The reefs in the Straits of Tiran feature walls, gardens, drifts and the chance to spot sharks – all within easy reach of Sharm
The Straits of Tiran is a favourite destination for day boats of both divers and snorkellers, and it occasionally features on liveaboard routes too. Around ten miles north of Na’ama Bay in Sharm El Sheikh, the reefs are named after four cartographers who first mapped them – Jackson, Woodhouse, Gordon and Thomas. The diving here is known for its fast currents, colourful soft corals and the occasional sighting of pelagic fish.
The reefs lie between the Sinai Peninsula and Tiran Island, which form a bottleneck at the base of the Gulf of Aqaba. The currents here can be strong and the area between Jackson and Woodhouse reefs has earned the nickname of ‘the washing machine’ because the currents can come from all directions.
Thomas is the smallest of the four reefs, but also has some of the strongest currents. If the currents are slow, it’s possible to circumnavigate it in a single dive. If not, the eastern side of the reef is the more popular dive site, starting from the southern end and drifting north.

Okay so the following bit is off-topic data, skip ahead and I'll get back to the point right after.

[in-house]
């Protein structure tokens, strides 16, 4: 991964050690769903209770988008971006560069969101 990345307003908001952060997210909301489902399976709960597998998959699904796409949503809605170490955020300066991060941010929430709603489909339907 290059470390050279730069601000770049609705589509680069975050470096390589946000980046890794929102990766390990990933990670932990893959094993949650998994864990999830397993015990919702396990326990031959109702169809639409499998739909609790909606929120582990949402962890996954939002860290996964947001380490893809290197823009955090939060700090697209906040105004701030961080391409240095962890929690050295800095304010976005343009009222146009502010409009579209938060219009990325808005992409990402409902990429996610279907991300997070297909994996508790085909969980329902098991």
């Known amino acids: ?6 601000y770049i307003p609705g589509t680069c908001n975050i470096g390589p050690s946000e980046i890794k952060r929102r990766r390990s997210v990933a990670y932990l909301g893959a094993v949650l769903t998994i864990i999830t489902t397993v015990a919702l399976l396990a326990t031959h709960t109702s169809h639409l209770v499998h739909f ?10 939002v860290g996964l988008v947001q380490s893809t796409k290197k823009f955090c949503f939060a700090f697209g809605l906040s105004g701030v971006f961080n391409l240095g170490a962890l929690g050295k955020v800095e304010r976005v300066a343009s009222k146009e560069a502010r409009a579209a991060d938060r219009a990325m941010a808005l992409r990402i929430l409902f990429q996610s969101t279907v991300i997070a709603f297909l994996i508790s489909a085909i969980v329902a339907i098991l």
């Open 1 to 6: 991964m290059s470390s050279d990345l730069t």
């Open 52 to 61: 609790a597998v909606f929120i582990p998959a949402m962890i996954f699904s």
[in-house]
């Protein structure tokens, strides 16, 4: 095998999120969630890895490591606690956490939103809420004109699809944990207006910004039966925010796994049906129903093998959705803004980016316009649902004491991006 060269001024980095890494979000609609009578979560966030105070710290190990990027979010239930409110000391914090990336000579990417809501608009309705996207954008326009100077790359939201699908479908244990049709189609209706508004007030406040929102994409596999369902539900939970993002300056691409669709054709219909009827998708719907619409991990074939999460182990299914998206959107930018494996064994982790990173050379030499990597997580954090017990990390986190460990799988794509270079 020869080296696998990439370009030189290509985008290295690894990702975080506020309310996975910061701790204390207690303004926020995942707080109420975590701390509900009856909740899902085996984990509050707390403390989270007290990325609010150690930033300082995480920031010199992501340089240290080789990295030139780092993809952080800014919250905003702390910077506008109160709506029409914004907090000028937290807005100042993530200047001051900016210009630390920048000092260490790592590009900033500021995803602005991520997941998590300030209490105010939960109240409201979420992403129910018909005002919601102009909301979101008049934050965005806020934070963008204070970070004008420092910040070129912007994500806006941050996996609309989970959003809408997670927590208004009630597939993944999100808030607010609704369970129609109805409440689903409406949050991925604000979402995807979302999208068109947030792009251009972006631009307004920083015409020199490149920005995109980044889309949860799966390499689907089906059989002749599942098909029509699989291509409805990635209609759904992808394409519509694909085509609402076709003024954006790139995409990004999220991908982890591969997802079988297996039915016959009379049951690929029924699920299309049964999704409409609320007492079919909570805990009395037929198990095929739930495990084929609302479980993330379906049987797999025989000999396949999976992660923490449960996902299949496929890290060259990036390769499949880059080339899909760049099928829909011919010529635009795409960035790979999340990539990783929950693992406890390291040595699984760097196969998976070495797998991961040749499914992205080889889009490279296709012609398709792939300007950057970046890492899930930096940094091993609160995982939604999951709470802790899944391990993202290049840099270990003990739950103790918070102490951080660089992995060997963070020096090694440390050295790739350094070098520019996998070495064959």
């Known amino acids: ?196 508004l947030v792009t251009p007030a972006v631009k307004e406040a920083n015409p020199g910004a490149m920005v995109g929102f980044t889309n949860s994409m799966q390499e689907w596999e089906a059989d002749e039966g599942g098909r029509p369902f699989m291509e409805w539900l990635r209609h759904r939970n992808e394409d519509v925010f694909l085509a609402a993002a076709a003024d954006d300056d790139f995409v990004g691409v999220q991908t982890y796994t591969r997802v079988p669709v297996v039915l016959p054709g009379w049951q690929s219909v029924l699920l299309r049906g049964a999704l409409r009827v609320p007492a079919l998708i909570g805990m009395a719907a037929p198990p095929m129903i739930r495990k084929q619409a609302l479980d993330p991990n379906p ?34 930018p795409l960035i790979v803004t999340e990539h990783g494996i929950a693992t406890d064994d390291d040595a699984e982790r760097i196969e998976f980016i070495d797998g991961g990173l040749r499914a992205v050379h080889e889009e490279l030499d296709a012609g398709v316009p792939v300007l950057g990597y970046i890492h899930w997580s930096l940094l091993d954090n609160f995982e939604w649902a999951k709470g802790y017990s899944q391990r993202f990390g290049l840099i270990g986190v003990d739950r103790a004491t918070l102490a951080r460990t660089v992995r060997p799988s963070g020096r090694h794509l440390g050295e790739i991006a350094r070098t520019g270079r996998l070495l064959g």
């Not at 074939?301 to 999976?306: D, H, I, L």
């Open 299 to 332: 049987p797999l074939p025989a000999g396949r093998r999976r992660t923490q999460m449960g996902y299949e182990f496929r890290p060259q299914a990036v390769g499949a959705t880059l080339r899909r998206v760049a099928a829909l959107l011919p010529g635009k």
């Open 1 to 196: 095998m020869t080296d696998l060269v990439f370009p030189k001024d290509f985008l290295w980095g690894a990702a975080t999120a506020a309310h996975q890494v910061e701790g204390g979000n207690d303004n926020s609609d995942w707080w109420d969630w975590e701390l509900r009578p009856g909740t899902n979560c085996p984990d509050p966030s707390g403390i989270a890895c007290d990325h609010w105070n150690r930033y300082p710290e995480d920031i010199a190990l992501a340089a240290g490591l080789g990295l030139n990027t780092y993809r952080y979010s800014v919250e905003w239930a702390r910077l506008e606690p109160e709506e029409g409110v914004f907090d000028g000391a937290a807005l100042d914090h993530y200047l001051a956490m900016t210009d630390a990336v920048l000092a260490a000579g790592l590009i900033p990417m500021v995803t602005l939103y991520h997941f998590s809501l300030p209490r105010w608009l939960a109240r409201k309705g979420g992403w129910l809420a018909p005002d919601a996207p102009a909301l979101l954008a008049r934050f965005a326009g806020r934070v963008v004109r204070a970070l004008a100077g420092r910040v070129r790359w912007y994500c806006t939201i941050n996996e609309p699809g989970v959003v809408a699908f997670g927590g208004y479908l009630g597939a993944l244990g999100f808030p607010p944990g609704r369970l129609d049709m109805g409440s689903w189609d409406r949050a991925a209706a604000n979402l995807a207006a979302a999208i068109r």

The reef starts at around 1m deep and drops steeply down to 28m, where there’s a sandy plateau with some particularly large and spectacular gorgonian fan corals – some up to 8m wide. Look carefully and you might spot longnose hawkfish among the sprawling fans.
At the end of this plateau, there’s a deep canyon crossed by three arches – it’s one for more experienced divers only though, as it starts at 35m and heads down to more than 50m. Thomas is the most colourful of the reefs in the straits – the soft corals, in deep purples, yellows and creams, are particularly healthy and numerous.
On my dive here, the current picked up as we approached the northern end of the reef, running faster and faster and carrying me and my buddy along like a rollercoaster. All we could do was relax and enjoy the ride.
At the corner of the reef, the current dropped and we were left in an almost eerie calm on its northern side. Heading back the way we came was out of the question, and as we were unable to explore the western side of the reef because the current was flowing strongly on that side too, we finished our dive here